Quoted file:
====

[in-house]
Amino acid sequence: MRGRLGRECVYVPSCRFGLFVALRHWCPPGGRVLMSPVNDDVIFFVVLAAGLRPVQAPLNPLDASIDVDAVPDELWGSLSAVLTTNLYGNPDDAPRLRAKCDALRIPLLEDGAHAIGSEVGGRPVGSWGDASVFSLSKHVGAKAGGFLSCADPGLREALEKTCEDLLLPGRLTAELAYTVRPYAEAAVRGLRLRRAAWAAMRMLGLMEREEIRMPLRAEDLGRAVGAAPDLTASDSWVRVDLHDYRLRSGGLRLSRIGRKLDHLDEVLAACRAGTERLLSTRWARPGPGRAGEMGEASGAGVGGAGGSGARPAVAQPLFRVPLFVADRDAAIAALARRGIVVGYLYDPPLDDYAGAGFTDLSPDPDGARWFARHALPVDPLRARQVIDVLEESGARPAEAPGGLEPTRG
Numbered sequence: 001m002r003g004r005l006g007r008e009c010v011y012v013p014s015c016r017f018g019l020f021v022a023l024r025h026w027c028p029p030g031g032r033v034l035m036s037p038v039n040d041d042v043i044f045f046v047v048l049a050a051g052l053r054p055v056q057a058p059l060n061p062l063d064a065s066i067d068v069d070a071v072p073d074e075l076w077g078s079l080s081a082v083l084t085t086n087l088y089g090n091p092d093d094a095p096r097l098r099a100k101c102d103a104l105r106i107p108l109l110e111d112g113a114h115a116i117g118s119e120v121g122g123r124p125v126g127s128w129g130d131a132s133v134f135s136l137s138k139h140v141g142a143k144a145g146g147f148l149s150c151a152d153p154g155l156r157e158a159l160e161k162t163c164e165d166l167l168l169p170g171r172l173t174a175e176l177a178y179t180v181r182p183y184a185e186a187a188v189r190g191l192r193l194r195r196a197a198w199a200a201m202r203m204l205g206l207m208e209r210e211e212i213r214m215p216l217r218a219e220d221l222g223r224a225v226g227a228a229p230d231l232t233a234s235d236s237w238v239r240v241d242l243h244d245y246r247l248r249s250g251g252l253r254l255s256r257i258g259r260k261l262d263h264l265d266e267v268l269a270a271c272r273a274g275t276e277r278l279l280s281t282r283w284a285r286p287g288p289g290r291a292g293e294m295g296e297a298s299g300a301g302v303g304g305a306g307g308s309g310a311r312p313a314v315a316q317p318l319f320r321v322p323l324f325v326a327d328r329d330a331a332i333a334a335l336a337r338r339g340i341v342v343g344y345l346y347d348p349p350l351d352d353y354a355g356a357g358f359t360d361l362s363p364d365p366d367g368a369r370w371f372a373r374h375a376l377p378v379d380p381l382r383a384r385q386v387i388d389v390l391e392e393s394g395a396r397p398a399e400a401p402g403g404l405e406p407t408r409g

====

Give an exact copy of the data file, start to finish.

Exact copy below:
[in-house]
Amino acid sequence: MRGRLGRECVYVPSCRFGLFVALRHWCPPGGRVLMSPVNDDVIFFVVLAAGLRPVQAPLNPLDASIDVDAVPDELWGSLSAVLTTNLYGNPDDAPRLRAKCDALRIPLLEDGAHAIGSEVGGRPVGSWGDASVFSLSKHVGAKAGGFLSCADPGLREALEKTCEDLLLPGRLTAELAYTVRPYAEAAVRGLRLRRAAWAAMRMLGLMEREEIRMPLRAEDLGRAVGAAPDLTASDSWVRVDLHDYRLRSGGLRLSRIGRKLDHLDEVLAACRAGTERLLSTRWARPGPGRAGEMGEASGAGVGGAGGSGARPAVAQPLFRVPLFVADRDAAIAALARRGIVVGYLYDPPLDDYAGAGFTDLSPDPDGARWFARHALPVDPLRARQVIDVLEESGARPAEAPGGLEPTRG
Numbered sequence: 001m002r003g004r005l006g007r008e009c010v011y012v013p014s015c016r017f018g019l020f021v022a023l024r025h026w027c028p029p030g031g032r033v034l035m036s037p038v039n040d041d042v043i044f045f046v047v048l049a050a051g052l053r054p055v056q057a058p059l060n061p062l063d064a065s066i067d068v069d070a071v072p073d074e075l076w077g078s079l080s081a082v083l084t085t086n087l088y089g090n091p092d093d094a095p096r097l098r099a100k101c102d103a104l105r106i107p108l109l110e111d112g113a114h115a116i117g118s119e120v121g122g123r124p125v126g127s128w129g130d131a132s133v134f135s136l137s138k139h140v141g142a143k144a145g146g147f148l149s150c151a152d153p154g155l156r157e158a159l160e161k162t163c164e165d166l167l168l169p170g171r172l173t174a175e176l177a178y179t180v181r182p183y184a185e186a187a188v189r190g191l192r193l194r195r196a197a198w199a200a201m202r203m204l205g206l207m208e209r210e211e212i213r214m215p216l217r218a219e220d221l222g223r224a225v226g227a228a229p230d231l232t233a234s235d236s237w238v239r240v241d242l243h244d245y246r247l248r249s250g251g252l253r254l255s256r257i258g259r260k261l262d263h264l265d266e267v268l269a270a271c272r273a274g275t276e277r278l279l280s281t282r283w284a285r286p287g288p289g290r291a292g293e294m295g296e297a298s299g300a301g302v303g304g305a306g307g308s309g310a311r312p313a314v315a316q317p318l319f320r321v322p323l324f325v326a327d328r329d330a331a332i333a334a335l336a337r338r339g340i341v342v343g344y345l346y347d348p349p350l351d352d353y354a355g356a357g358f359t360d361l362s363p364d365p366d367g368a369r370w371f372a373r374h375a376l377p378v379d380p381l382r383a384r385q386v387i388d389v390l391e392e393s394g395a396r397p398a399e400a401p402g403g404l405e406p407t408r409g